The answer is two-fold.
If pain levels are under control, a specific strength regime is necessary to strengthen not only the muscles surrounding the joint, but also muscles further away from the joint. By having stronger and more effective muscles, this will reduce the load going through our joint/s, and can also encourage improved movement patterns for the whole body.
In the knee joint for example, it is important for us to not only look at the strength of the quadriceps and gluteal muscles, but also the muscles around the trunk and ankle. The stronger we can get all these muscles, the better functioning the knee will be, which can then reduce further degeneration of the knee.
The second reason strength exercises are also important is to help manage weight. Excess weight causes increased load through the weight bearing joints. By improving your muscle mass, you will be burning more calories even when you aren’t exercising, which will help with weight management. That sounds pretty good to me!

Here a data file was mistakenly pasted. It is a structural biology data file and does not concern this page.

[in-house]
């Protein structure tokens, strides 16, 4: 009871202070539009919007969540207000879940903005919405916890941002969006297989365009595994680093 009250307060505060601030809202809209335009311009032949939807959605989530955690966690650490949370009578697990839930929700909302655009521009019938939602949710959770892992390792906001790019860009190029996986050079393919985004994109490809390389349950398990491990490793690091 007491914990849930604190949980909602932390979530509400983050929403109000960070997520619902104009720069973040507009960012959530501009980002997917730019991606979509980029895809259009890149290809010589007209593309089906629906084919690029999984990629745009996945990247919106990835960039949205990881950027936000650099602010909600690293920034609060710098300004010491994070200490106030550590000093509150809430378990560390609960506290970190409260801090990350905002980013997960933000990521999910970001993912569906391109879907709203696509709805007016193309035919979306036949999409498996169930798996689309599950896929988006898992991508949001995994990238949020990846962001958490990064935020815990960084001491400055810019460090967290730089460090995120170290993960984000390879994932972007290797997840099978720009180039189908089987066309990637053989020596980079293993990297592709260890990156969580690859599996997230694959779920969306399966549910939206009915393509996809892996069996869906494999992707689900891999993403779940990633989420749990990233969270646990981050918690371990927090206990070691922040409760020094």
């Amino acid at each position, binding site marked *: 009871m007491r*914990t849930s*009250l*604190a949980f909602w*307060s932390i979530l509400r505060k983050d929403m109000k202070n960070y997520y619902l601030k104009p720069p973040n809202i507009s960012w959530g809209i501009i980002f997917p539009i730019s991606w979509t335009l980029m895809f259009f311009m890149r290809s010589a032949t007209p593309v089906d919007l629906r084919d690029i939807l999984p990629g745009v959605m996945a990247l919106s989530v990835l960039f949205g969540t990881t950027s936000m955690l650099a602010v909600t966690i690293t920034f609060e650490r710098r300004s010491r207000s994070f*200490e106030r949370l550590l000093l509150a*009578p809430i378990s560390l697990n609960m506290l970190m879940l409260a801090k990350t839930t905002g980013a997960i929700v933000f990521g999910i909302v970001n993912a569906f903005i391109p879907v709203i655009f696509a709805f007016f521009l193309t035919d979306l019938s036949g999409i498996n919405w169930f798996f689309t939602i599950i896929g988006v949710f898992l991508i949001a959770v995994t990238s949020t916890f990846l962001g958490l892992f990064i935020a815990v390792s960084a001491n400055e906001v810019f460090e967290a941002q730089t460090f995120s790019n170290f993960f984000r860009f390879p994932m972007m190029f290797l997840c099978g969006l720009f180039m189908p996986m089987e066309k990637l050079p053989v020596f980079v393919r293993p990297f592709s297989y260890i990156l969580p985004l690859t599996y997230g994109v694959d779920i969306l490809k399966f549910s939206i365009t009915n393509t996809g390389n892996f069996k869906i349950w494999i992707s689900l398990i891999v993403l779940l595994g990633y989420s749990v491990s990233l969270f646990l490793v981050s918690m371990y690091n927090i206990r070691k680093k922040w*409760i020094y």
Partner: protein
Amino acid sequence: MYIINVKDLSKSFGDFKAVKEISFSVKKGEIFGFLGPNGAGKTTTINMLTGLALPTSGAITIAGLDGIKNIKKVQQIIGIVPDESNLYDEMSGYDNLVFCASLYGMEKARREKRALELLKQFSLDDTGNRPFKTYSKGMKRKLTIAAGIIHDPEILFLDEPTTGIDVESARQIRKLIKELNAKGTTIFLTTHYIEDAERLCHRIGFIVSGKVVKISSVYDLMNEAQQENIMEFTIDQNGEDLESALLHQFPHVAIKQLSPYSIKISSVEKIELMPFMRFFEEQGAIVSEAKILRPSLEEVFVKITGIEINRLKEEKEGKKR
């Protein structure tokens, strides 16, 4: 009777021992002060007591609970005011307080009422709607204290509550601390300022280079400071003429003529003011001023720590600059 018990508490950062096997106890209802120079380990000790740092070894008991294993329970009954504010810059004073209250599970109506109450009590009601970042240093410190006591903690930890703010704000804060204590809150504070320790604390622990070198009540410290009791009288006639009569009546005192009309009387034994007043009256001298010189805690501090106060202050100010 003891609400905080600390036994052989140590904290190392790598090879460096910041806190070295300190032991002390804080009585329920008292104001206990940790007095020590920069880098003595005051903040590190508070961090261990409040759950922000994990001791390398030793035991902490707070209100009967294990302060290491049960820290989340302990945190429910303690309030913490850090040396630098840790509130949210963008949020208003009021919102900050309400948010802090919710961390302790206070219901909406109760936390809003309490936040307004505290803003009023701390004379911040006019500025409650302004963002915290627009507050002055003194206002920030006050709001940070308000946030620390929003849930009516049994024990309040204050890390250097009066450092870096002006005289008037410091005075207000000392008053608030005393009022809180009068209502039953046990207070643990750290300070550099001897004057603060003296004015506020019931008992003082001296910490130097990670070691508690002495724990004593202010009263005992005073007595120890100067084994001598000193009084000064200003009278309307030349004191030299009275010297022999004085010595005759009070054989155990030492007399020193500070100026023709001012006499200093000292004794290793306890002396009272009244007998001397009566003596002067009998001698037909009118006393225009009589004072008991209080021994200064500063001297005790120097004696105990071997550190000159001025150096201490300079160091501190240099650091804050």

Strength exercises could actually just using be your own body weight as a start.
It is normal to have some muscle soreness after lifting weights, but we certainly do not want your pain levels worsening.
If you are interested in commencing strength exercises, it is important to seek advice from a physio or Exercise Physiologist to make sure it is tailored, and specific to your body.